I would say “I forgive you;” I hold no grudges. I hate no one, but I would want everyone to know that there is nothing negative that I would carry with me.”

Last, I would say to everyone “I love you.”

I would go to California and play a round of golf at Pebble Beach, and Spyglass Hill and The Links at Spanish Bay (while there, I’d drop in on my friend Tim in the San Mateo area)

I would come home and have a big party. Then, I’d wait for death to come. I would not end my life (but I would want to).

And here’s why: I have life insurance that my family would need. Second, it’s illegal.

When one is terminally ill, it would be nice if they had the option to alleviate their suffering and make a decision to end their lives. I support euthanasia because it provides options for those who want them. Yes, it’s true, you can’t punish the dead, and (some) people can (and do) make their own decision to end it, but there is dignity in allowing the terminally ill some sanctioned control over their destiny. We have the capacity for this kindness, and we have the ability to determine (in many instances) that an individual is terminally ill and will (with certainty) die soon.

A quick thought on Terri Schiavo. I have no idea what to do there. I can only say this. Neither my wife nor I want to be kept alive using life-support or other heroic means. I once had a living will made, but I need to update it (my attorney reads this blog from time to time, and “hello dear, I need to update”). I respect and love my in-laws a great deal, but if (horror of horrors) my wife were in a PVS (persistent vegetative state – and I understand that is in dispute with Ms. Schiavo), knowing her wishes, I would challenge my in-laws if they wanted to employ heroic means. I would hope my right to assert her wishes would not be limited by any mistakes I made after she became comatose. The challenging part of the case for me is not whether she should have the right to die. It’s not even whether she is in a PVS or not. It’s definitely not whether or not her husband is a jerk. It’s determining what her wishes are. The moral of that story for me is: people should write things down.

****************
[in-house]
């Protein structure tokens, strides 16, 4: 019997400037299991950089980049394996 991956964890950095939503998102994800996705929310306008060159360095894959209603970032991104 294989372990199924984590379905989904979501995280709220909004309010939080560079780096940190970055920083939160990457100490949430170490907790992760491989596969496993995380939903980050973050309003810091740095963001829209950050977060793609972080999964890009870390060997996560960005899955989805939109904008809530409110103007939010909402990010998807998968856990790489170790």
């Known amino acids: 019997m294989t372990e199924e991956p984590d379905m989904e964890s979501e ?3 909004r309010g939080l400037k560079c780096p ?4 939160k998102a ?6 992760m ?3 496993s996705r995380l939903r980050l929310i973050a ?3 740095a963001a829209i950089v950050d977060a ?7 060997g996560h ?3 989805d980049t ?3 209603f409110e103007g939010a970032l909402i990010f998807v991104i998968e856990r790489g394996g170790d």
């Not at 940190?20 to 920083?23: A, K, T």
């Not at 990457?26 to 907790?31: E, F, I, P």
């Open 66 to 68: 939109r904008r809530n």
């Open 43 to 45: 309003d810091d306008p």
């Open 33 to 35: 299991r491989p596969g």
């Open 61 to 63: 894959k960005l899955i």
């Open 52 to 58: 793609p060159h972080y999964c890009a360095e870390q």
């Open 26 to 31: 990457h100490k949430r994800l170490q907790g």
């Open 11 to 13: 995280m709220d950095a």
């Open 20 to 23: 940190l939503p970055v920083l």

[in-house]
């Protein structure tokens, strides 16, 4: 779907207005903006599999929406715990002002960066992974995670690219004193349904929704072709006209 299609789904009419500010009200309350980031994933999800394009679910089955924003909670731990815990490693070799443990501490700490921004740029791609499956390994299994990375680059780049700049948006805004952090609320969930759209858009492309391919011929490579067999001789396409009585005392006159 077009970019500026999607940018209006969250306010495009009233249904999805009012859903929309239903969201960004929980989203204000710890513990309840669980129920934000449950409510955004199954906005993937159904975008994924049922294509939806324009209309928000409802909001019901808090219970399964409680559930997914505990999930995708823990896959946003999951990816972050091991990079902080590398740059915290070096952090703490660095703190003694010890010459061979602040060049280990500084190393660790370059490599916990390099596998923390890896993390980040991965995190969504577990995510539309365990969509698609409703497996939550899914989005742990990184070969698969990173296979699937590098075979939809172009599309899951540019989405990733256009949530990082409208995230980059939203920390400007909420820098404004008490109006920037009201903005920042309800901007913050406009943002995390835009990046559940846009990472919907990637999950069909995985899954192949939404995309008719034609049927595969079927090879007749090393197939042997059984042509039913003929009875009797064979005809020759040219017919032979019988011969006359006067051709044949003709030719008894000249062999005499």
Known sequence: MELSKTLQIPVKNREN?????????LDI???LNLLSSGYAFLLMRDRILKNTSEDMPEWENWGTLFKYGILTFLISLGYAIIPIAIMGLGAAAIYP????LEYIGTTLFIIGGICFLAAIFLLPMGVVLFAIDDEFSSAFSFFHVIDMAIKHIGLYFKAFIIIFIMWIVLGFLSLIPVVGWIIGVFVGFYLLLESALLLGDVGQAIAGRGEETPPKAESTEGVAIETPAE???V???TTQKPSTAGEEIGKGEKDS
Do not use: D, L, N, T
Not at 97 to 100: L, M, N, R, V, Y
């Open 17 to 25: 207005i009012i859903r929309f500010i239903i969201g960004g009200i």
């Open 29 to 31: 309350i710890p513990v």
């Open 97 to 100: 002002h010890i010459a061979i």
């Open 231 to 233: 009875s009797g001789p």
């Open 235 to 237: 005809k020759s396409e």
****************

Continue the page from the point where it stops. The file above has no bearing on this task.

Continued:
I know for a fact that my friend Paris wanted to live. He did not have life insurance. He could have made the decision to end his life without financial repercussions to his family (if anything it might have saved his estate some financial hardships they face now), but he didn’t. By not doing it, he got to fulfill his dream and to spend a few more days with his loved ones. I hope he felt he had options, and I hope that if he did, he was glad for the decision he made.

Two families facing a difficult decision: In one case a family decided to hasten the journey. In another the family waited until the time arrived. My only point is this: there is no universally correct answer. What we want for all families who face these difficult decisions is options.